Moving Garden

The internet is riddled with advice about moving house, but what about moving garden! It’s interesting, because I value my garden nearly as much as the house itself, so getting that organised for our imminent house move has taken plenty of thought and action. I thought I’d share some hints and tips on moving garden from my own experience this week.

• Before taking established plants from your garden clarify with your buyers that they understand you’re doing this, and if you can, get your solicitor to mention it in the contract. There has been many an occasion when a buyer has turned up at their new house expecting to see the beautiful garden in full bloom only to find that it’s a mud pit and they’re not understandably not too happy about it.

• You’ll probably need another removal lorry. I have a modest amount of patio pots, ranging from two or three which would fit small trees or shrubs in, and dozens of smaller clay pots, and one barrel. Apparently – it’s very common for keen gardeners to need another removal van, as pots take up loads of room because you can’t stack them. Barrels apparently are the worst – normally the bottoms fall out! So empty it first if you can before the move.

• It’s a wrench to move from a garden that you’ve planned and nurtured and put your heart and soul into. But the excitement of a new patch to cultivate and get to know by far outweighs the downside. You will always take your knowledge with you. And all being well – some of your plants too.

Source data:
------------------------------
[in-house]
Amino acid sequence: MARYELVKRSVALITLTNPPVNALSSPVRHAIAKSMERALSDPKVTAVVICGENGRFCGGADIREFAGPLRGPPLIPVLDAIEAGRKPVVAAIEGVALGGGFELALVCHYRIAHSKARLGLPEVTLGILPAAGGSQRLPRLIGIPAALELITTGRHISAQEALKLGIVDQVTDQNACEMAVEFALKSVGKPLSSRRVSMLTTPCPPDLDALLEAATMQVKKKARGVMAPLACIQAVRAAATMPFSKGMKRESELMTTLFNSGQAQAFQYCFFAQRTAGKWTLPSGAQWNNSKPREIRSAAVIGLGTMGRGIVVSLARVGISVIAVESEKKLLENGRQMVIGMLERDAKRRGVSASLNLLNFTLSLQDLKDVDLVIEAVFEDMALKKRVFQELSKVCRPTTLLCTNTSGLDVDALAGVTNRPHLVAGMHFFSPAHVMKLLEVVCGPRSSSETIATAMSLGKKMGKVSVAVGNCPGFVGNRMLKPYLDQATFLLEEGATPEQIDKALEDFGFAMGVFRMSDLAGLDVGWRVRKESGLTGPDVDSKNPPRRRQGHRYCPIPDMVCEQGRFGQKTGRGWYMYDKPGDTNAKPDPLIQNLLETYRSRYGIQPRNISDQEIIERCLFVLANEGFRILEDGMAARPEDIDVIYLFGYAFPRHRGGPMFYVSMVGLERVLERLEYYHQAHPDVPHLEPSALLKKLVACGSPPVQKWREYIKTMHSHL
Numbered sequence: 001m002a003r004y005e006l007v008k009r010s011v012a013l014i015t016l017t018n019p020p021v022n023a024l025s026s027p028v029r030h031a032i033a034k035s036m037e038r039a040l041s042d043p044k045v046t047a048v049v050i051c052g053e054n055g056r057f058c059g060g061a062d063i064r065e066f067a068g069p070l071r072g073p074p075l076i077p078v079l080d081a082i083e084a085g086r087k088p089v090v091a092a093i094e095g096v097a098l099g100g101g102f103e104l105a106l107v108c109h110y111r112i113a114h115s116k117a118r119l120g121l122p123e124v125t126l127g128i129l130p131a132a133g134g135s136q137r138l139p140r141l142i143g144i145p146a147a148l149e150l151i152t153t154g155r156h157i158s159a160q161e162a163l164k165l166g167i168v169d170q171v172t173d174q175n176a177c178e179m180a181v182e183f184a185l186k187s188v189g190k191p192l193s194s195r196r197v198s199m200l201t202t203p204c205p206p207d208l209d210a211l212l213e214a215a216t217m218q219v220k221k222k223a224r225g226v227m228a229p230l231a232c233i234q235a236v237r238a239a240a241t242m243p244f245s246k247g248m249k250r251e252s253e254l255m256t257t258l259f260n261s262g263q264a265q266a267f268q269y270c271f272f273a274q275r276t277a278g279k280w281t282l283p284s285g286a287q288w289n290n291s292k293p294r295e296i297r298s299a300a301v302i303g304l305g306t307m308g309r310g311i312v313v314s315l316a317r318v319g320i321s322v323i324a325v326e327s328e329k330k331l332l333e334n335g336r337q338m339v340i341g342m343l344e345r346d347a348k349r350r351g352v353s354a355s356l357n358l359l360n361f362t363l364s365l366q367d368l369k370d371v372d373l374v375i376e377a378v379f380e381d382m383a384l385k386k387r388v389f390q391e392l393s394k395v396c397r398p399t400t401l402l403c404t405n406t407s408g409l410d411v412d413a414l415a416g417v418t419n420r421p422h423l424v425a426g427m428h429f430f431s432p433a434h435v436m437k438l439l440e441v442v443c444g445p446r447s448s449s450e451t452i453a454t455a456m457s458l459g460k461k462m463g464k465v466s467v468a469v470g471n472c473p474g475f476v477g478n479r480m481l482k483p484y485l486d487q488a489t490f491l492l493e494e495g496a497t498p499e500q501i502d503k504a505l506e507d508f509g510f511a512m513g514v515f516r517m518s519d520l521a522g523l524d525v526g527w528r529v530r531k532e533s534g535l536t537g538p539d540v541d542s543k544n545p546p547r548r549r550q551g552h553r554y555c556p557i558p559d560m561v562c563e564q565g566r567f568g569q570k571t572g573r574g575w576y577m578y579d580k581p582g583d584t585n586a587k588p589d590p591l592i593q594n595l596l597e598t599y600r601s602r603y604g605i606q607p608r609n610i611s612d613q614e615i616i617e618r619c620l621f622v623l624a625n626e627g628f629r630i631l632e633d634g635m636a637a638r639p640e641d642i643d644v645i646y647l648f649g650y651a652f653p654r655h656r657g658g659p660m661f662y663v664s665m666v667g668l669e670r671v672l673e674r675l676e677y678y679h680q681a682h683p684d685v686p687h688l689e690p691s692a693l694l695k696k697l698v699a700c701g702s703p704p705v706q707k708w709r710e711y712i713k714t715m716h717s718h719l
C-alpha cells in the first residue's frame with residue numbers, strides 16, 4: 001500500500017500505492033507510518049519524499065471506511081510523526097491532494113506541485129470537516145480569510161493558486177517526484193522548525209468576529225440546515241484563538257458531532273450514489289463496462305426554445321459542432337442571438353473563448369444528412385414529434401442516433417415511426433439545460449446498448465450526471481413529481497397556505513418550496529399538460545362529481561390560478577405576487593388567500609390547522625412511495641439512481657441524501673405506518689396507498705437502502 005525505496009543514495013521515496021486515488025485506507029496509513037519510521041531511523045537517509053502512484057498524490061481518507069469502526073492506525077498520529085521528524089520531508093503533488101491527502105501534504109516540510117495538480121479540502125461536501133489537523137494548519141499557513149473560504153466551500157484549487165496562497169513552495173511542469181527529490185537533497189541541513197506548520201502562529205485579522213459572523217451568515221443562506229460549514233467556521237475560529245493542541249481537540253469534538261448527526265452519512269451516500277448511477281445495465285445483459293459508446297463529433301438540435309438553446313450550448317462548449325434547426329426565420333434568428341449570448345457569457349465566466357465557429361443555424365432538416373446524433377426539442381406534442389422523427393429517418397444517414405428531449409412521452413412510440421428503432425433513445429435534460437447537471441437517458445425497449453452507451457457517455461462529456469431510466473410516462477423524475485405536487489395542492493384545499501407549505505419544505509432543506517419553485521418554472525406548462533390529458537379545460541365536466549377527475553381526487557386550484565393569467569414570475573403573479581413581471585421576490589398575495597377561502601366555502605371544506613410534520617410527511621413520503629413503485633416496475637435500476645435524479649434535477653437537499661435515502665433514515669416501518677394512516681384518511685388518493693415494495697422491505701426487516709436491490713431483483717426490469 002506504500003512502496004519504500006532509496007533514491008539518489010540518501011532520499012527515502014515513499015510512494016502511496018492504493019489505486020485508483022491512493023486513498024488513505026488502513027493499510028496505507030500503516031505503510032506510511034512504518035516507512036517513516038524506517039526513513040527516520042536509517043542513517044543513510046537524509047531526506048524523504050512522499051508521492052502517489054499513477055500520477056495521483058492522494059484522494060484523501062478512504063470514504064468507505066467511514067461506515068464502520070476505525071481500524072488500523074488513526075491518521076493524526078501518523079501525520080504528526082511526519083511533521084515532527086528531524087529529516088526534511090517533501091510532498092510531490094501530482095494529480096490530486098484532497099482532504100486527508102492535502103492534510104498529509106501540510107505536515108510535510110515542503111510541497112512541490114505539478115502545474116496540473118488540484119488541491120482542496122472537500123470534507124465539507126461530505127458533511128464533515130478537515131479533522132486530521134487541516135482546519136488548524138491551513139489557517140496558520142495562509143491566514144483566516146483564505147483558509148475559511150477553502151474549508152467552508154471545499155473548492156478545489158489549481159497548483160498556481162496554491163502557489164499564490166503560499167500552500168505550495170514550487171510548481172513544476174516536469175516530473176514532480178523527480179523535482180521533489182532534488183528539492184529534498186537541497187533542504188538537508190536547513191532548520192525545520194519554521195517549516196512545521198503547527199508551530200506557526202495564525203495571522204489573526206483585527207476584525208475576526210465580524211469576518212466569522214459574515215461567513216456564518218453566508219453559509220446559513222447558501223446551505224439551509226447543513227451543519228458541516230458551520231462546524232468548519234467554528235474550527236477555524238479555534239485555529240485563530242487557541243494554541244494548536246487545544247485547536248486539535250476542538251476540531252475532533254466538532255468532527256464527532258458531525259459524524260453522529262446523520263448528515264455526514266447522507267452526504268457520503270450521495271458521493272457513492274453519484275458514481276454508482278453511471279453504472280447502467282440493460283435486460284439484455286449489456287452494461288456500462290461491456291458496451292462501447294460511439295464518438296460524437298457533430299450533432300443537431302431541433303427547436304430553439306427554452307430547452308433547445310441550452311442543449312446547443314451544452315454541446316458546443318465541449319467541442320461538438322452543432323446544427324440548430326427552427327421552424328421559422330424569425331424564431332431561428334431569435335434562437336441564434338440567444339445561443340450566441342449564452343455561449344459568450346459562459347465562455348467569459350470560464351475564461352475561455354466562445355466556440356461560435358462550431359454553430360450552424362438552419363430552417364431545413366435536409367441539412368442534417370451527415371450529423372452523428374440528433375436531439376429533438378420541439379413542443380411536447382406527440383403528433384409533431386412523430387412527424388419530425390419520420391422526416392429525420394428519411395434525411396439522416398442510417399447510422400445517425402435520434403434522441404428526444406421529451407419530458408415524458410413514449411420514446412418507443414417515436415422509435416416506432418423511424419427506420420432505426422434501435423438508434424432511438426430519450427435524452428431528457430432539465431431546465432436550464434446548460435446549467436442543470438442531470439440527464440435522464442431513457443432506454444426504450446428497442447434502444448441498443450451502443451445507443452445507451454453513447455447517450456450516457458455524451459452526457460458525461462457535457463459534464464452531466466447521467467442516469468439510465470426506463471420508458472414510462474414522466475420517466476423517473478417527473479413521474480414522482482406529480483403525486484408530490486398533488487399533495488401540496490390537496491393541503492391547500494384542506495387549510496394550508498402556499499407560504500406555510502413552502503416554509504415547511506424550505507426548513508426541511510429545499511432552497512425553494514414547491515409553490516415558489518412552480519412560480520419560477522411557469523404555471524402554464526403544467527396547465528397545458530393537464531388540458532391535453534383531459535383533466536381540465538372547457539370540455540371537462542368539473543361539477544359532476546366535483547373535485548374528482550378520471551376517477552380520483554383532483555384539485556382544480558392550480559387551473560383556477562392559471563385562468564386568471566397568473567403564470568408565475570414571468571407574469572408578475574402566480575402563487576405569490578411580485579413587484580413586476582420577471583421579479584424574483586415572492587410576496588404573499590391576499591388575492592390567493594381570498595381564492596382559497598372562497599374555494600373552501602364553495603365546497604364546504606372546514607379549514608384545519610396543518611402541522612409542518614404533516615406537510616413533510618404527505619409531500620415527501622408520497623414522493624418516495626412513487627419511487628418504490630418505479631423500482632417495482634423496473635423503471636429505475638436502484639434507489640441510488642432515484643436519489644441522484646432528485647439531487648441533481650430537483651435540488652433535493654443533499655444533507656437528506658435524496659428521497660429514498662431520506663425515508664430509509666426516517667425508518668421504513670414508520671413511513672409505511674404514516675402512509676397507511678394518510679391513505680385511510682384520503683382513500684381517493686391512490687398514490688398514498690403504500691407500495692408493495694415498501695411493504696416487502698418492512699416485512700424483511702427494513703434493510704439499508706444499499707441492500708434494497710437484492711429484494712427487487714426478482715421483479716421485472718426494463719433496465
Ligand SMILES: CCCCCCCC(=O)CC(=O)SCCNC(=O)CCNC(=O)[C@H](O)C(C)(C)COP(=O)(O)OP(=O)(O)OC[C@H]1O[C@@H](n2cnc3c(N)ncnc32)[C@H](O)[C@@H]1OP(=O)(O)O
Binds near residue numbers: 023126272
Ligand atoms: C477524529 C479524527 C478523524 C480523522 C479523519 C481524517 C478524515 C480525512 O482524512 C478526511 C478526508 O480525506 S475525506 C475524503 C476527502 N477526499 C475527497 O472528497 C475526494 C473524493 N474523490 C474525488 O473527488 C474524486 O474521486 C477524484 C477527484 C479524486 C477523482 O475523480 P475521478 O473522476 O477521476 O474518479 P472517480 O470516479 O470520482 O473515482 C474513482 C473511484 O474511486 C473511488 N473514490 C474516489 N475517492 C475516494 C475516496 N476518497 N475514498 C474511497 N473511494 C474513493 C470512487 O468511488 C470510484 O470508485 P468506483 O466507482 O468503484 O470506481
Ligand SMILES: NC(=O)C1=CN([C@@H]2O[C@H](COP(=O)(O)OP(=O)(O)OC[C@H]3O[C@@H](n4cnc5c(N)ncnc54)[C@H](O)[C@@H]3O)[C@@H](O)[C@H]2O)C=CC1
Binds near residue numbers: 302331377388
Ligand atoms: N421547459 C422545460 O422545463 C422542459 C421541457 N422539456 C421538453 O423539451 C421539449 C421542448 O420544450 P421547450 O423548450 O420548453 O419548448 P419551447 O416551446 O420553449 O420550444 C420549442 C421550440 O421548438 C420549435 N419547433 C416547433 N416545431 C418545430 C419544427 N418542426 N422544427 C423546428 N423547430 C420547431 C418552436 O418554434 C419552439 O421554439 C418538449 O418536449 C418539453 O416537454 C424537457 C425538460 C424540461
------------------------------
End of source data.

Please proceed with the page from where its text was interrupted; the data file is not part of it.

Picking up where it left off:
• Good to know is that the plants in your garden are classed within the fixtures and fittings list that you provide to your buyers before exchange, so if you plan to export your beloved plants or even just take one or two plants with you, make sure you’re transparent with the buyers to avoid disputes.

• I took a few cuttings a while back, so they were already rooted before moving day. I have also taken quite a few plants that I have no idea if they’ll move well. I guess we’ll find out. I’ve dug up quite a few Angelica Gigas Vicars Mead, but already they’re looking a bit sad. And it’s two days to moving day. What I’m hoping is at least some of the seeds will come

• I’ve also gone round collecting seeds from some of my favourite plants. And I suspect I will also be taking some unwanted visitors in the soil too – this is one to watch. I know I will have some alchemilla mollis that will surface as there’s so much of it here – and it self seeds rampantly.

• Remember to harvest fruit and veg too, it will probably only go to waste unless someone moves in immediately.

Just remember when one garden gate shuts, another opens – to a whole new exciting world of planting opportunities!

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